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Old 10-19-2018, 05:19 PM
 
Location: Chicago
5,853 posts, read 6,524,415 times
Reputation: 5331

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Walt Disney World's Epcot is divided into two parts: Future World and World Showcase. Let's look at the World Showcase:

a lagoon surrounded by pavilions of that are supposed to offer atmospherically the essence of each of the 10 nations that make up showcase. One finds an architectural theme or two, generally a ride, a restaurant representative of the local cuisine, shops that offer products of the nation, theatre like attractions of the nation and on and on. Obviously what's there is fairly well known.

Now the "imagine" part: Let's make believe WDW is building a 5th theme park. We'll give it the name of a themed park Disney was going to build in DC's VA suburbs, Disney's America. This new park would be a different concept:

Four "lands" to showcase America:

The American Story: US History (basic theme of the planned DC park)

50 Nifty United States: in the outline of the USA, one walks from region to region (akin to NYC's long gone Freedomland)

Culture/Innovations, USA: America's contributions to the world

CITY SHOWCASE: Like the World Showcase in Epcot, but this one highlights US cities around a lagoon.

*****

If you desire, you will make make a plan for your city (or any US city of your choice) to design a City Showcase pavilion for it (remember, your pavilion is located on a lagoon so you can and should incorporate the waterfront into the pavilion):

What would that design be? (layout, architecture)

Any buildings recreated in miniature (like Epcot's Effiel Tower, Doge Palace, Aztec Pyramid)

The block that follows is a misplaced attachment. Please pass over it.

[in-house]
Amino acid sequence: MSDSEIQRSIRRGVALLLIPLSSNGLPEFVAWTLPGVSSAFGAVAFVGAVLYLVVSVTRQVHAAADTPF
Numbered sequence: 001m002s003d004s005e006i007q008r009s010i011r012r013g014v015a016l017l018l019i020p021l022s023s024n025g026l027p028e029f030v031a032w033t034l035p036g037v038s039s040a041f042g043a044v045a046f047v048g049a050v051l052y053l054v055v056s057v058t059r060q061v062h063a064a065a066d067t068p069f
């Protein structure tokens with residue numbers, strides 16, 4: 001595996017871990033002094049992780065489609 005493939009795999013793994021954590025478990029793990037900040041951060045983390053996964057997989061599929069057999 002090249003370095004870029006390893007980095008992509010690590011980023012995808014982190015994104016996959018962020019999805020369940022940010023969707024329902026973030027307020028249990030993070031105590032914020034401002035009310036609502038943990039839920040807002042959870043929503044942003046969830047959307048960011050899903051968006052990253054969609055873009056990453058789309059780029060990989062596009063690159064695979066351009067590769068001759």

If you have a restaurant (or two): how themed (one sit down and one counter service?)

Is there a ride? What is it?

Non-ride attractions like theatre, exhibit, etc.

Two or three shops that represent your city

and, of course, if you create a visual, by all means upload it for us to see.

And....obviously.....this is all for fun....so if it sounds like fun to you, hey: go for it!

OK, I'll try to contribute to my own invention here:

Chicago: Sticking into the lagoon will be a mini Navy Pier...with ferris wheel and a Chicago hot dog stand (I'm going with Superdawg), From the lagoon will be a circular track of a roller coaster that will represent the Chicago Loop el trains. The space inside the tracks will represent Chicago's Loop. Inside will be one restaurant (Lou Malnati's, deep dish pizza) a Chicago architectural shop, and gangster related 1920s shop. Heading further inland from the lagoon would be a miniature Chicago River with a miniature Wrigley Building and Tribune tower facing the Loop across the river. This inner most part of the pavilion would have a thrill ride called "Escaping the Great Chicago Fire" and will also include a miniature front facade of Wrigley Field, the inside of which would be a Chicago sports museum.

Last edited by JMT; 10-25-2018 at 05:22 PM..
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Old 04-29-2019, 07:09 PM
 
Location: Greater Boston (Formerly Orlando and New York)
510 posts, read 196,859 times
Reputation: 498
I would do it in a zig zag shape and include:

For Sure
1. Boston and New England
2. New York City
3. Philadelphia
4. Washington DC-Baltimore
5. Miami
6. Nashville
7. Detroit-Motown
8. San Antonio-The Wild West
9. Las Vegas-Grand Canyon
10. Los Angeles-Hollywood
11. San Francisco
12. Alaska

Maybe
1. Chicago
2. Rocky Mountains
3. Birmingham, AL
4. Seattle
5. St. Louis
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Old 04-29-2019, 08:46 PM
 
Location: Reno, NV
1,513 posts, read 700,817 times
Reputation: 1946
The challenge for Reno would be separating us from Vegas. So the following are some ideas:

- The scenery should be mountains, sagebrush, and shrubs, not flat desert
- Lake Tahoe: maybe a water ride? The pool should have a deep blue lining, cf. the famous "Keep Tahoe Blue" stickers
- Divorce: it'd have to be done in a lighthearted Disney way, like Sarabi the lion dumping Scar?